Lauri Markkanen finally has a new home. The restricted free agent has been traded from the Chicago Bulls to the Cleveland Cavaliers in a sign-and-trade deal that also includes the Portland Trail Blazers.
Cleveland is signing Markkanen to a four-year, $67 million contract, according to ESPN’s Adrian Wojnarowski. The Bulls will receive a lottery protected first round pick from the Trail Blazers, swingman Derrick Jones Jr., and a future second round pick. Portland is getting Larry Nance Jr.
The 24-year-old Markkanen was the biggest name left on the free agent market. The former No. 7 overall pick in the 2017 NBA Draft had the most efficient scoring season of his career last year, hitting 40.2 percent of his threes (on 5.8 attempts per game) and ending the year with 62 percent true shooting.
This feels like a trade that helps all three teams accomplish their goals. The Bulls added a future first round pick and rotation player with their Markkanen trade. The Cavs got a young floor spacer to complete their front court next to Jarrett Allen and Evan Mobley. The Blazers got a solid two-way big in Nance who should help solidify their defense up front.
Let’s grade this deal.
Portland Trail Blazers add Larry Nance Jr.
While Markkanen might be the headlining name in the trade, Nance is the best player in this deal. The 28-year-old has developed into a solid defensive big who can do a little bit of everything on offense.
At 6’7, 245 pounds, Nance is a power forward or small ball center with good mobility who can provide some rim protection. Offensively, Nance has worked to become more of a floor spacer. Last year, he hit 36 percent of his threes on 114 attempts, the best mark of his career. Nance is also a good passer who can be used in dribble-handoffs and high-low actions with Portland’s other bigs. He had success as a roll man last season (grading out in the 62nd percentile, per Synergy Sports) and also runs the floor well in transition.
Damian Lillard put pressure on the Blazers to continue adding to their roster over the offseason, and this is a solid addition. For the price of a lottery protected pick, Portland gets another good defensive big to pair with Robert Covington. Portland’s offense was already awesome with Lillard, C.J. McCollum, and Norman Powell late last season.
Does this move elevate Portland to contender status and ease the concerns about the quality of the roster in Lillard’s mind? Maybe not. But adding Nance certainly improves the team as they enter what’s shaping up to be a “prove it” year from Lillard’s perspective. The only way Portland could have done better than this is by packaging multiple first round picks together, but it’s hard to find a player on the market that would have made for a worthwhile deal for both sides.
Chicago Bulls add Derrick Jones Jr. and lottery-protected first rounder
The Bulls were reportedly seeking two things in a trade for Lauri Markkanen: a first round pick, and no “bad” contracts coming back. They accomplished both with this deal.
Markkanen was a relic of Chicago’s former front office led by John Paxson and Gar Forman. He’ll ultimately be remembered as another in a long line of failed draft picks. As Chicago’s new front office led by Arturas Karnisovas and Marc Eversley embarked on a bold remaking of the roster this summer, it was clear Markkanen didn’t have a place on the team. Credit the Bulls for being able to land solid value as they sent him out in a trade.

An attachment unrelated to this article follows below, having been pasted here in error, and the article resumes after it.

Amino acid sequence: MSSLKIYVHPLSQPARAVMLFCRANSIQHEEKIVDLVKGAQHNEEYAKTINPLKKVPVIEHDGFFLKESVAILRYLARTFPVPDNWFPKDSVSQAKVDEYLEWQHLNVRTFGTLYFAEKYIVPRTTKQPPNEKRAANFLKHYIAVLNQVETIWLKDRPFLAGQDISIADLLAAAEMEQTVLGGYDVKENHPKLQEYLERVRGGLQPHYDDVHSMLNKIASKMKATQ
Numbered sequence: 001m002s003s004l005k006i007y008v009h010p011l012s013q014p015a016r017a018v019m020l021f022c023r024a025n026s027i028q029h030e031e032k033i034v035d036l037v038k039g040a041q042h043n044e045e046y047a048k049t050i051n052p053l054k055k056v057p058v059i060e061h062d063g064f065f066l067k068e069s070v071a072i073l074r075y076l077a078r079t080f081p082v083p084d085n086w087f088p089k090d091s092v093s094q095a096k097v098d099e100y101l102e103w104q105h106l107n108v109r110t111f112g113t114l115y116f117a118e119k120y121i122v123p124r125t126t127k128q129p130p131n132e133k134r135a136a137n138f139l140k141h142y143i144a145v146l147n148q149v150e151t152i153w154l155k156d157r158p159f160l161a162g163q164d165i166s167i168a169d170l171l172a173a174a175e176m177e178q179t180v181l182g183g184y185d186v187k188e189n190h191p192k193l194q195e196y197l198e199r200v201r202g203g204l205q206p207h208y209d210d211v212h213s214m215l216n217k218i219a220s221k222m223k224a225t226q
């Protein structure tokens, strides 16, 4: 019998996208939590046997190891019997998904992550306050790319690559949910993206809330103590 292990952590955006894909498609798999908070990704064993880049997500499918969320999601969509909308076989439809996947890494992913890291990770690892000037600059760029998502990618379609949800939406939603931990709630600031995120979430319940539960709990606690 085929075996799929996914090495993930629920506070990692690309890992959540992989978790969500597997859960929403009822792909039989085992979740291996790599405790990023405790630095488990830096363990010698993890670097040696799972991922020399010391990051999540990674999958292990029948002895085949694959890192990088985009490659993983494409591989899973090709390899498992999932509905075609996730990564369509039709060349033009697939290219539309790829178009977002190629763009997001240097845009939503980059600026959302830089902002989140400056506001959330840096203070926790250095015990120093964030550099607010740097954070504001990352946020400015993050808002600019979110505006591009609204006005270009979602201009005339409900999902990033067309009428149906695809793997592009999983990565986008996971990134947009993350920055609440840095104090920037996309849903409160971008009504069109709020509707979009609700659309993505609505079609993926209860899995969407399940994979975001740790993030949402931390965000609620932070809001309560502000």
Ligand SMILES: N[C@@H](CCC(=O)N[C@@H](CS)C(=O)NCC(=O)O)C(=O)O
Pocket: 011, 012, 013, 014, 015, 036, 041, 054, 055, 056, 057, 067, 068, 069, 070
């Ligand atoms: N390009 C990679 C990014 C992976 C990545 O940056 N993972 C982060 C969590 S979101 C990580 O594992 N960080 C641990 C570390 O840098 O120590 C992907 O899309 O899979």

The pick from the Blazers is lottery protected until 2028, and will be a nice asset for Chicago whether they use it themselves or trade it. Jones is a mega high-flier who provides some defensive versatility on the bench, and is on an expiring $9 million contract. It’s always good to add a future second rounder, too.
Getting back Nance in this deal would have been better for the Bulls, but the pick and a decent bench piece in Jones is a solid return given the fact that Markkanen wasn’t in the team’s new plans.
Cleveland Cavaliers add Lauri Markkanen
Markkanen looked like a cornerstone of Chicago’s post-Jimmy Butler rebuild only a few years ago. His play stagnated in the time since. He never quite lived up to his reputation as an outside shooter until last season, and is poor paint protection on defense limited his versatility.
Markkanen finally did hit 40 percent of his threes last year, and Cleveland will expect him to keep that up. Markkanen had a simple excuse in Chicago: he never played with a high-level facilitator who could set him up for easy baskets. Maybe he’ll find that in Cleveland. Darius Garland made major strides last season as both a pull-up shooter and playmaker. Markkanen can space the floor next to either Jarrett Allen and rookie No. 3 overall pick Evan Mobley in the front court.
Ultimately, $67 million for Markkanen feels like a lot of money. He certainly could improve on a new team with a different supporting cast, but his stagnation in Chicago is worrisome. At this point, Markkanen is a player who can’t create his own shot, and isn’t a plus passer, rebounder, or defender on either the interior or perimeter. To live up this contract, he’ll have to be a high volume, highly accurate shooter.